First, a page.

It was only after the birthday party that I learnt why some people we had invited came and why others didn’t. Even during the celebration I was puzzled and a bit rattled because of what had happened just a few hours earlier, in the afternoon, before the birthday meal in the evening.
At the time I was working in Shanghai, teaching at a business school, along with my girlfriend at the time, Kath, who was teaching computer skills and English. We had been living in Shanghai for several months before her birthday in January, so we had got to know our students and many Chinese people working in the business school as well as other western members of staff.
When we first arrived in China I braced myself for culture shock. Despite a long fascination with China I had never visited it, and mixed with my excitement was some apprehension about the change of lifestyle in this new country, with its different language, culture and ways of doing things. The first morning after we arrived I remember waking early because of jet lag and so we went for a walk around the neighbourhood and soon found a local park. In the dawn light before 6 am, a group of elderly people were silently performing Tai Chi to gentle music from a portable CD player. This first glimpse of China ‘behind the scenes’ stays with me. It is in the first few days especially, and then in the weeks that follow, that one is most impressionable and observant, acutely noticing all the differences with one’s own country, with amazement or amusement, and people watching with fascination.
As the weeks and months went by I became more relaxed as I adjusted to life in my new city. I learnt to speak some Mandarin, and though I never became fluent I could survive. Of course, in a big modern city like Shanghai, people go about their daily business in the same way as back home: shopping in supermarkets, catching the bus to work, eating lunch, walking home, meeting friends, speaking on their mobile phones. Yes, the people of Shanghai were fundamentally the same as us despite looking oriental and speaking another tongue. We were treated well, with friendliness and respect, and never experienced anything but politeness, or at worst, indifference. There were relatively few foreigners in the suburb where we lived but an old port city like Shanghai has seen outsiders for centuries, so we were no big deal. It was only when we went out of Shanghai, for example on a weekend trip to Nanjing, that people would stop in the street to stare at us as if we were aliens, and especially at Kath because she had blonde hair. The only exception in Shanghai was along the Bund, the riverside promenade popular with tourists, including Chinese tourists from the countryside who had never seen westerners before. In the villages of China, many people will still have a photo of themselves standing on the Bund with a blonde woman from England.
As the birthday party approached, I invited all the students in my marketing class to come and join the celebration and Kath did the same with her group of students. In addition, we invited some Chinese members of staff, for example the two women who worked on reception, Lucy and Ivy, Stephen and Mark from the admin office, and Peter from the marketing department who was teaching me to speak Mandarin in exchange for my tutoring him as his English improved. [Note: many Chinese people who work with foreigners adopt a western name, for convenience.]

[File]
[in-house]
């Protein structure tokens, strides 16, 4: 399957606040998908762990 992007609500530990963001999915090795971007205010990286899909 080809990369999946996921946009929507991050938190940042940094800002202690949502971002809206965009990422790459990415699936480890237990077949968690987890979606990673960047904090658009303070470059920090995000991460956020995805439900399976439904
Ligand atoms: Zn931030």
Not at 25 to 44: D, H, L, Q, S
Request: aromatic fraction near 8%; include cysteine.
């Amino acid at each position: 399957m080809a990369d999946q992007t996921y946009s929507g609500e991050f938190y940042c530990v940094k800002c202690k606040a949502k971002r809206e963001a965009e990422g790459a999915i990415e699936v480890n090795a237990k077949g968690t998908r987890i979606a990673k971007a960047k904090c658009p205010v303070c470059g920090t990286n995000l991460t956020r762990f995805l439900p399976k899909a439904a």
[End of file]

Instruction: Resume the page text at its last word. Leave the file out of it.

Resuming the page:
Early in the afternoon of the dinner party, Peter came to me and explained that he couldn’t come that evening because his wife was ill. I accepted his apology and wished his wife a speedy recovery. An hour or so later, Lucy said she had to work late that evening so unfortunately wouldn’t be able to attend. Then Ivy said she wasn’t feeling too well and would go home early, so was unable to join our party. By the time a fifth person had made their excuse not to come to the party, I knew something was wrong. I had no idea what had happened nor why, but I felt confused and upset. I feared that nobody at all would attend and it would be just the two of us in the restaurant’s function room that evening. But no: the students turned up. All of them. Two complete groups, with no absentees. And so the dinner party went on and was a happy celebration, with a birthday cake, singing in English and Mandarin, plus of course excellent food and lots to drink.
In the following days it was still a mystery to me why some people had chosen not to come, and I feared that somehow I had done or said the wrong thing, so I made gentle enquiries to try to get to the bottom of it. What I learnt from that episode was that Chinese people think of themselves as part of a group, connected by invisible strings of convention and hierarchy to one another, in families, workplaces and other institutions. In the West, some students would have come along, others would have given it a miss, and that’s what I expected would happen. But no, my students had attended as a group. In fact I heard that they had discussed our invitation as a group, and made a collective decision to attend, and so all of them turned up. The same had happened with the other student group, hence the full turn-out. On the other hand, the members of staff whom we had invited as individuals could not possibly attend once they realised that they had not been invited as a group. We hadn’t invited their boss, a Chinese woman we rarely ever saw, so it would offend convention for them to attend without her. Inadvertently, I had put them in an impossible position by inviting them as individuals. This is much worse than the awkwardness we might feel when realising that a friend has not been invited to the same party as we have. In China it’s a matter of right and wrong.